I regularly listen to and read Sparks, pastor of Madison Avenue Baptist Church in New York City.

She places God in the center of our every action and has a sense of humor and such an awareness of God’s presence in the ordinary that you are compelled to listen and take notice.

McKinnish Bridges, president of Baptist Theological Seminary at Richmond, Virginia, preached her sermon, “Grace upon Grace,” 27 years ago. Yet it is as fresh today as it was the first day I heard it because it expresses God’s work in my life.

Marshall, president of Central Baptist Theological Seminary in Kansas, awakened my interest in the influence of the Holy Spirit in our daily lives.

Cynthia Campbell, president emerita of McCormick Theological Seminary in Chicago, preached the most inspirational sermon on the resurrection I have ever heard.

God’s love for all of humanity oozes from every word from the sermons of Joan Brown Campbell, an ordained Disciples of Christ and American Baptist Church minister who was the first woman to lead the National Council of Churches.

How can you say that God rejects the work of these ambassadors of hope because they dare preach to men?

I have experienced outstanding female Bible teachers in my years in the church. You want me to disregard the teachings of these gifted women because I am a male and should not have been listening to them?

Should I have not have listened to my mother when she spoke of God’s love for me? Should I have not listened to my wife when she assured me that God would watch over me and our children?

All of these women were gifted by God with talents far greater than the ones given to me. I think God brought me into contact with them because they had been given a message I was intended to hear.

I ask myself, “Where would I be in my spiritual journey if these women were not a part of my life?”

Complementarianism belongs on the ash heap of history along with separate but equal.

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They believed in complementarian theology- Peggy Wehmeyer –

Baptistnewsglobal.com

First came sexual harassment scandals in powerful evangelical pulpits. Then the movement’s best-known female Bible teacher, Beth Moore, charged church leaders across the country with widespread misogyny. And now the president of Southwestern Baptist Theological Seminary in Fort Worth has been fired for religious chauvinism that pressed abused women to stay with their husbands and a rape victim to forgive and drop charges against her perpetrator.

“The terrible swift sword of public humiliation has come with a vengeance,” warned one powerful church leader, Southern Baptist Theological Seminary President Al Mohler. He added that the story’s not over.

I should have seen it coming. I’m one of millions of American women who converted to evangelical Christianity because of its life-changing promise of hope and healing. The problem is that some of the men in leadership have used the Bible to mask a patriarchal misogyny. That’s what’s driving today’s #MeToo church movement. A whole host of leaders, like fired seminary president Paige Patterson, have silenced and marginalized the voices of women for decades. And that leaves my faith family morally compromised.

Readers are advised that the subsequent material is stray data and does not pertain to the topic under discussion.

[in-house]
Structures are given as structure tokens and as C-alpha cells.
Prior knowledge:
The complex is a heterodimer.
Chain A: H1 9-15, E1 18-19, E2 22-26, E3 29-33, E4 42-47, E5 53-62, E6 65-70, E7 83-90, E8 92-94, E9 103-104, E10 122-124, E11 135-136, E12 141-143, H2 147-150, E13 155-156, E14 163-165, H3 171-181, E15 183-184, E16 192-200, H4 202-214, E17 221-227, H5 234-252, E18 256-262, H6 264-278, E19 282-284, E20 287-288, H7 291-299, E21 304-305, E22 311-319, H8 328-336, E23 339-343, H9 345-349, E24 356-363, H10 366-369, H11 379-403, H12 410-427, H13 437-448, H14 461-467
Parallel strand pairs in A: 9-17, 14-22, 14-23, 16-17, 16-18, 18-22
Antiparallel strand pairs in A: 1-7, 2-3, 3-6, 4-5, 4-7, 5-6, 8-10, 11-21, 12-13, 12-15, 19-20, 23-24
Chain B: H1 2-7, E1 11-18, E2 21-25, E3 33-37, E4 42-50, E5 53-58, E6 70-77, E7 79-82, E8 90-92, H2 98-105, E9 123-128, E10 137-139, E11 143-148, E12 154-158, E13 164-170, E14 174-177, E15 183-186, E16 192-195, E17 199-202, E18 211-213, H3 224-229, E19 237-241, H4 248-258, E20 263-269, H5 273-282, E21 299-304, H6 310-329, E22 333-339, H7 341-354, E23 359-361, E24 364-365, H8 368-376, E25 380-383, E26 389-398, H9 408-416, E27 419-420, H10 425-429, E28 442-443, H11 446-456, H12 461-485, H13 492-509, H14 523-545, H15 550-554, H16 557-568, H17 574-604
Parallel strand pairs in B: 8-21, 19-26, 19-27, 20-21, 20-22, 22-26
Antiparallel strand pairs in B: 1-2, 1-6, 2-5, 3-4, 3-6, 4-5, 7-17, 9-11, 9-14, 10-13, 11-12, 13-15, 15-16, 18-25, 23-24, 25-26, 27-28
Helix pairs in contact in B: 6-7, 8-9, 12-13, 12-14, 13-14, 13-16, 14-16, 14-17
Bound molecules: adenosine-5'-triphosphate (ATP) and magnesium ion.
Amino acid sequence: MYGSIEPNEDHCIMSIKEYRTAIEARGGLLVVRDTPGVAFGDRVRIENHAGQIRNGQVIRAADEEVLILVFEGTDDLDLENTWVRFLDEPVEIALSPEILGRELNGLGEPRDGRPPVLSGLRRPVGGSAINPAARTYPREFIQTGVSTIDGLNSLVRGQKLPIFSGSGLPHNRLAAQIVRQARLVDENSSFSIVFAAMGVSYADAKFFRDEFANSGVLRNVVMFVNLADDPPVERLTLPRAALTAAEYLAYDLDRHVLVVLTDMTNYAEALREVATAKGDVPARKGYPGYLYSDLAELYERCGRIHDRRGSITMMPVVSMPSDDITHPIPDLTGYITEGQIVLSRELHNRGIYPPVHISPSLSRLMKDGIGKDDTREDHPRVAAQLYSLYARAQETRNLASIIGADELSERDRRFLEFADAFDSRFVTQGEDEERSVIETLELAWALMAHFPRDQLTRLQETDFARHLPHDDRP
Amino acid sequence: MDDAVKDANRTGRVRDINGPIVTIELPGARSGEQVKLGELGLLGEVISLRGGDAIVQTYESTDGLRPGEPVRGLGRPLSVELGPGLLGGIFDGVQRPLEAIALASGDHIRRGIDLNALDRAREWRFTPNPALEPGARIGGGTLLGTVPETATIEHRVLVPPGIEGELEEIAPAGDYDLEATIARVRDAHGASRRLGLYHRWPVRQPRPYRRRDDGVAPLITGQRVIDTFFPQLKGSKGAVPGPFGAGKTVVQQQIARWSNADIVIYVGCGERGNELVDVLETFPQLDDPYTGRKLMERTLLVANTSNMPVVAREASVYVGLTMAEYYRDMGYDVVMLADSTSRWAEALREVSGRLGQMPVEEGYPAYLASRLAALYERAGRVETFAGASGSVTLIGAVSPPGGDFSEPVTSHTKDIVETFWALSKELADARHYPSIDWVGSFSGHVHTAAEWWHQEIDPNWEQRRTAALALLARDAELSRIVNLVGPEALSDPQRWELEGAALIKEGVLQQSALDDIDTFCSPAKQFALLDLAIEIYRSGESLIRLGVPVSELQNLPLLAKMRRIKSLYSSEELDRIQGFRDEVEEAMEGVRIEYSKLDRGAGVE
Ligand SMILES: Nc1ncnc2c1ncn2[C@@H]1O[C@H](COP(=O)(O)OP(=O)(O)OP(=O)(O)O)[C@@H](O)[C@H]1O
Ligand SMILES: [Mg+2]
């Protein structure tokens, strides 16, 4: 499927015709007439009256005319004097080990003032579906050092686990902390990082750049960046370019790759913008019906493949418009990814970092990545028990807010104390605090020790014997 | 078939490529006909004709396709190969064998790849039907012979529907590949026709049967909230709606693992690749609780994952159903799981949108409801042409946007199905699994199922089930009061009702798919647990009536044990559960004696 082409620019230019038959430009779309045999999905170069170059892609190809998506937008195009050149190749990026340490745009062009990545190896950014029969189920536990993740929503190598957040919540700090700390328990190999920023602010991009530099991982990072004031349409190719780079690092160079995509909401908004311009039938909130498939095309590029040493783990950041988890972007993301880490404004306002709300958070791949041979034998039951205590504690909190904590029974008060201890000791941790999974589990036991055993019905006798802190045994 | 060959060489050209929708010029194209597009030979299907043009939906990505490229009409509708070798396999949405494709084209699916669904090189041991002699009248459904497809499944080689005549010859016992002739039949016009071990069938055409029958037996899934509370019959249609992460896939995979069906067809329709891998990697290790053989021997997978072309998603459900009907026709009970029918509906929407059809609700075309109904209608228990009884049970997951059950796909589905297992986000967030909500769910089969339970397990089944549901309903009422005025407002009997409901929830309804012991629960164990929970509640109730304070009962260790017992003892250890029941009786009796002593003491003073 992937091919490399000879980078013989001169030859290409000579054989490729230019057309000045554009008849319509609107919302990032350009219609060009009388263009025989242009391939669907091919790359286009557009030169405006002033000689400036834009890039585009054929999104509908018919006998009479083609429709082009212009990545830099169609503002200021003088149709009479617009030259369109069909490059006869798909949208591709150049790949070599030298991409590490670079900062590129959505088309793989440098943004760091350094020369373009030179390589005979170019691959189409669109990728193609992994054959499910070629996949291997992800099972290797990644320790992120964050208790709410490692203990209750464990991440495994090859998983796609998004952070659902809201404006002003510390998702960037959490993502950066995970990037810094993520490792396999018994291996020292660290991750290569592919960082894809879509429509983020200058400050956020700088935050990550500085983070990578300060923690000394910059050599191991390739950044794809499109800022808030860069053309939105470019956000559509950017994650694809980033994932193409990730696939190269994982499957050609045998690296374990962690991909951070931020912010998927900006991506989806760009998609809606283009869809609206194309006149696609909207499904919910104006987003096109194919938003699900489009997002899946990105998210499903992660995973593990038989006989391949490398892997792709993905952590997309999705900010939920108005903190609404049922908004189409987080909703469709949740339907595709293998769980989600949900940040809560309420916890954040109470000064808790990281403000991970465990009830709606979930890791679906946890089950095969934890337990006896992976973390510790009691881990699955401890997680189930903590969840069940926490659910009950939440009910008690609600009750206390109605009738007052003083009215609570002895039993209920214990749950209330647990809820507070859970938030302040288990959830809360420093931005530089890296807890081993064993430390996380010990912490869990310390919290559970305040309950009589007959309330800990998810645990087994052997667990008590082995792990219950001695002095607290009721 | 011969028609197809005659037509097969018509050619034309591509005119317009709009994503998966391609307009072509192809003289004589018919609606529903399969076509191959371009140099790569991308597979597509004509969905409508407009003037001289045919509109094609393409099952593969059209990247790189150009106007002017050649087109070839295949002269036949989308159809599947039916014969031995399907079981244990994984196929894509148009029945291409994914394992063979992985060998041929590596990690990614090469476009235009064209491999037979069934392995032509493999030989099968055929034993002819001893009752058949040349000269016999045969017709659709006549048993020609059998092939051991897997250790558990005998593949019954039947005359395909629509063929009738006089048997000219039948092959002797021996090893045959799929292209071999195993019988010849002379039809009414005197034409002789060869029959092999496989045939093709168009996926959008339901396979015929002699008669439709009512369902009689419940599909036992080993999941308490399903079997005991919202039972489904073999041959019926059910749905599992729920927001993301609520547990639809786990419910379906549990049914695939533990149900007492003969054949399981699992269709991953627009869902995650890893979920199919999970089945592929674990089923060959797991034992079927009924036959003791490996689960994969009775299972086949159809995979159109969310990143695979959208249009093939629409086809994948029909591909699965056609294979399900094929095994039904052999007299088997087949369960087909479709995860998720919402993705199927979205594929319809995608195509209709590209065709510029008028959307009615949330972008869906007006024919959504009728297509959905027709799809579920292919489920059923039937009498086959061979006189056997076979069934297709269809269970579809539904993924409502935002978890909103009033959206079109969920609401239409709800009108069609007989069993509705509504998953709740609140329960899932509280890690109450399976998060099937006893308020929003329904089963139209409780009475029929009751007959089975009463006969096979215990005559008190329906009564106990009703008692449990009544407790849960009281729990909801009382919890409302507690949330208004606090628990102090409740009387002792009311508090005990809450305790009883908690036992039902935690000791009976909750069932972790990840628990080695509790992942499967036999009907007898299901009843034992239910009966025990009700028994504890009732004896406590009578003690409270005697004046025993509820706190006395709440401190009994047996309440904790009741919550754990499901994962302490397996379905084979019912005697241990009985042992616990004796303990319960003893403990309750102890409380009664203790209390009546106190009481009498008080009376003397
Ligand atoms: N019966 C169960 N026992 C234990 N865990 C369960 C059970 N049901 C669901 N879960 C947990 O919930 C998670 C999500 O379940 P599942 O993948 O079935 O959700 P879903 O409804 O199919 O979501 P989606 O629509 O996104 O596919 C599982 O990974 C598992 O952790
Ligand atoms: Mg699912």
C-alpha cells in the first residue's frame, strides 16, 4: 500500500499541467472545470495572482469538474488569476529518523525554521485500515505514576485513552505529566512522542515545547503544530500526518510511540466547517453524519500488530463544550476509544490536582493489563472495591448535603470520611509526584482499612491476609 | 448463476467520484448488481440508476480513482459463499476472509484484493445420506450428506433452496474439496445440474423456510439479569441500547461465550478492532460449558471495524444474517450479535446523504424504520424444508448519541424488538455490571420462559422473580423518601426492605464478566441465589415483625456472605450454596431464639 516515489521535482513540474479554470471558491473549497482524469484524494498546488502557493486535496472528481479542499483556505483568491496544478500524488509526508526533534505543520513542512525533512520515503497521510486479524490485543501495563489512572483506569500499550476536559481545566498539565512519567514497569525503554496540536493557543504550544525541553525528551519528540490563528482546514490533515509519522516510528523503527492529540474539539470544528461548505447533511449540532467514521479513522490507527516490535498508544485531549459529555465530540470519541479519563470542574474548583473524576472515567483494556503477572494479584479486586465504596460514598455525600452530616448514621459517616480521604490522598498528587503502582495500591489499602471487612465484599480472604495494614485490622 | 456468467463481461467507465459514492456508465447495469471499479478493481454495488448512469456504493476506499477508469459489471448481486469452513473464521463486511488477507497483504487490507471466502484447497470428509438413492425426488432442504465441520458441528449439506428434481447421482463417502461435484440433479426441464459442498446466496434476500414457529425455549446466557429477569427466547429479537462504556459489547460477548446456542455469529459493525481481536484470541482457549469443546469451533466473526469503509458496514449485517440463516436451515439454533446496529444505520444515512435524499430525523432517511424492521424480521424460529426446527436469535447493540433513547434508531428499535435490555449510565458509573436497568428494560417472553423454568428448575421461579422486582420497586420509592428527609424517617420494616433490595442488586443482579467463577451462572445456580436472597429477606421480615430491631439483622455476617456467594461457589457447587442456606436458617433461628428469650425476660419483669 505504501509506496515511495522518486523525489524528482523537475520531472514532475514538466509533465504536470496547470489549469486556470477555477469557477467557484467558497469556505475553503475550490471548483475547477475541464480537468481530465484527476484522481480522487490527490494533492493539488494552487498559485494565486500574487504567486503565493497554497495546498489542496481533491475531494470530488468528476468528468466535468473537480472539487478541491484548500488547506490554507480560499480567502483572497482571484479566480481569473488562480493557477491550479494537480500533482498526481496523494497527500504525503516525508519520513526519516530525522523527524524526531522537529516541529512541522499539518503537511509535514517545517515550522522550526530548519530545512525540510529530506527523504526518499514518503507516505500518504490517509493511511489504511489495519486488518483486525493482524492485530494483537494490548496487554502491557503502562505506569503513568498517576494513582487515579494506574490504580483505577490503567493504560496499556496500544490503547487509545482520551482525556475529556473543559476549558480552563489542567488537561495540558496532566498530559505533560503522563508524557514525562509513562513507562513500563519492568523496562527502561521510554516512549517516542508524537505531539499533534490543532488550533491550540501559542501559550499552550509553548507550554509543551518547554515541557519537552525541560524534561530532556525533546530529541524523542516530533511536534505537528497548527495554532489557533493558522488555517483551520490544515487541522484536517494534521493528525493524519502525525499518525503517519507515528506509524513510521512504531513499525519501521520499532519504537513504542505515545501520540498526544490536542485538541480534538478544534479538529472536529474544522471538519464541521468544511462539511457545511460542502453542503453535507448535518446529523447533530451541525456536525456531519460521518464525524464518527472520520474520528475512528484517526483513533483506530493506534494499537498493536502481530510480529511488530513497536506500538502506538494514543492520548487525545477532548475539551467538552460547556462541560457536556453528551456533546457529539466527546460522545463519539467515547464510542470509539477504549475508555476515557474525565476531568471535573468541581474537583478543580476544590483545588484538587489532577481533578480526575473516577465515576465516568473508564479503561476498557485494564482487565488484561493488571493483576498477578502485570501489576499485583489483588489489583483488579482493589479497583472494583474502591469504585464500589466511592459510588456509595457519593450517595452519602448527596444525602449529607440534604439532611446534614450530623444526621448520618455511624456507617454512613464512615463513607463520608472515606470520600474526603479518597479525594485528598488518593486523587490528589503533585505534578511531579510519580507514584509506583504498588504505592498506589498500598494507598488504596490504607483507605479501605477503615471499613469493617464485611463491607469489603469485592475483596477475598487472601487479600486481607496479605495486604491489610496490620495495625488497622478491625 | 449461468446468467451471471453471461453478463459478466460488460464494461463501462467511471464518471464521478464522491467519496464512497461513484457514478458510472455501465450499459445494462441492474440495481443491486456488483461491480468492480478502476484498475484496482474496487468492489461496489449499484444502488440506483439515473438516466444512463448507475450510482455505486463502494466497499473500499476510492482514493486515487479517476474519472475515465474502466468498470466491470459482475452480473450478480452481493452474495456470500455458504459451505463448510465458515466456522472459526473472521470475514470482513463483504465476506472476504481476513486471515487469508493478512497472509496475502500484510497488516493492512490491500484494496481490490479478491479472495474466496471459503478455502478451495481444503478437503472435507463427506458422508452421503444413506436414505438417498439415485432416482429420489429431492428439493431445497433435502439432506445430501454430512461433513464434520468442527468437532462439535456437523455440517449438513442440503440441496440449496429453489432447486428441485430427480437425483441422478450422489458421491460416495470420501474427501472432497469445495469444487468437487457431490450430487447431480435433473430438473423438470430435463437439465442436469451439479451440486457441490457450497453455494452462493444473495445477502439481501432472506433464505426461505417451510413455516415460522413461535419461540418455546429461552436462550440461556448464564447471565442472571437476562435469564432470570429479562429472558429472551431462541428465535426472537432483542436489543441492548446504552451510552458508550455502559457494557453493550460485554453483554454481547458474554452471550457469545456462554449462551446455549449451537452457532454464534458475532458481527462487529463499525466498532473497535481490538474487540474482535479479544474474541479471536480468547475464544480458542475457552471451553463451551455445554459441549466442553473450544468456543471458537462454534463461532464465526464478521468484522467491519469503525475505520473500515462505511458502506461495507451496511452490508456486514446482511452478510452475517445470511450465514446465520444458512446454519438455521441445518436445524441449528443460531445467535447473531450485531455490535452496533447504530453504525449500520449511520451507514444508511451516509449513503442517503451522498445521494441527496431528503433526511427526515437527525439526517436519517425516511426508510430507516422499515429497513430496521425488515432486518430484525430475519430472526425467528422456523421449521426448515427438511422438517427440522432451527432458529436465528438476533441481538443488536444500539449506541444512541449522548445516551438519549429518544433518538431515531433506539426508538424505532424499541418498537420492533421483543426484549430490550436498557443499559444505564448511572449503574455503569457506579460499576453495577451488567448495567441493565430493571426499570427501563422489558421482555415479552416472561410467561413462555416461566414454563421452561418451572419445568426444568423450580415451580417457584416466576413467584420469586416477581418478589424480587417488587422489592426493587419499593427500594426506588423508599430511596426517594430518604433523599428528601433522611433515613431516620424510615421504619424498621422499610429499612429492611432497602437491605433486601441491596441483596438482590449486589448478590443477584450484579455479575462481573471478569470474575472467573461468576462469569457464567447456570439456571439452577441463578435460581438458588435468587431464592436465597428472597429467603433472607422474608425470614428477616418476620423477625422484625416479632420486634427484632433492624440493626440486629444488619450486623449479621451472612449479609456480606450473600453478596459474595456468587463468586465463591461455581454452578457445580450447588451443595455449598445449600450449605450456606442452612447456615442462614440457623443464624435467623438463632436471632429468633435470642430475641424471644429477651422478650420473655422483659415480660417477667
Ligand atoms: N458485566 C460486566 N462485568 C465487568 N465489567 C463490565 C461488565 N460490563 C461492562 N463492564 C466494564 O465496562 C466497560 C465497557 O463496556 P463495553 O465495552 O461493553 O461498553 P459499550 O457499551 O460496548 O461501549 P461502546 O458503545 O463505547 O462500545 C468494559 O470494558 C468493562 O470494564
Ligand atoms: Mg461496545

I had wanted to dedicate my life to full-time ministry since becoming a Christian in college. The Jesus I met at the University of Texas was a revolutionary who inspired his followers to usher in the kingdom of God, fight for justice and give up your life to save it — whether or not you were a woman.

I thought I could learn how to do that at Dallas Theological Seminary (DTS). The people closest to me didn’t understand. The dean of my journalism school shook his head in bewilderment, my sorority sisters whispered, “She’s joining a convent,” and my parents, who unsuccessfully hired a psychiatrist to have me “deprogrammed,” cut me off financially.

I reached Dallas in my tattered Toyota station wagon, broke, alone but unafraid. Each morning when I woke up in this new place, I knelt in the dark, closed my eyes and cranked up Handel’s Messiah, singing along, “Prepare ye the way of the Lord; make straight in the desert a highway for our God.”

At 21, all I knew about DTS was that it produced great Bible teachers and had a job opening for a writer. I grabbed it. Too broke to enroll, I slipped into any class I could audit, attended chapel whenever I could, and begged for audiences with theologians whose teaching I devoured.

When at last I earned enough money  to enroll as a student, I discovered something troubling: The master of theology program, the one that prepared students for leadership in the church, was off-limits to women. That came home to me one day after a New Testament class. A few men approached me outside the room.

“You don’t plan to preach to a mixed audience, do you?” they asked.

My answer: “I just want to study the Bible,” I said. “I don’t know how I’ll use it yet.”

I learned at seminary that many biblical texts could only be understood in the context of ancient Hebrew culture, and that made sense to me. What confused me was that the harsh passages prohibiting women from leadership — in church and at home — were the ones taken literally.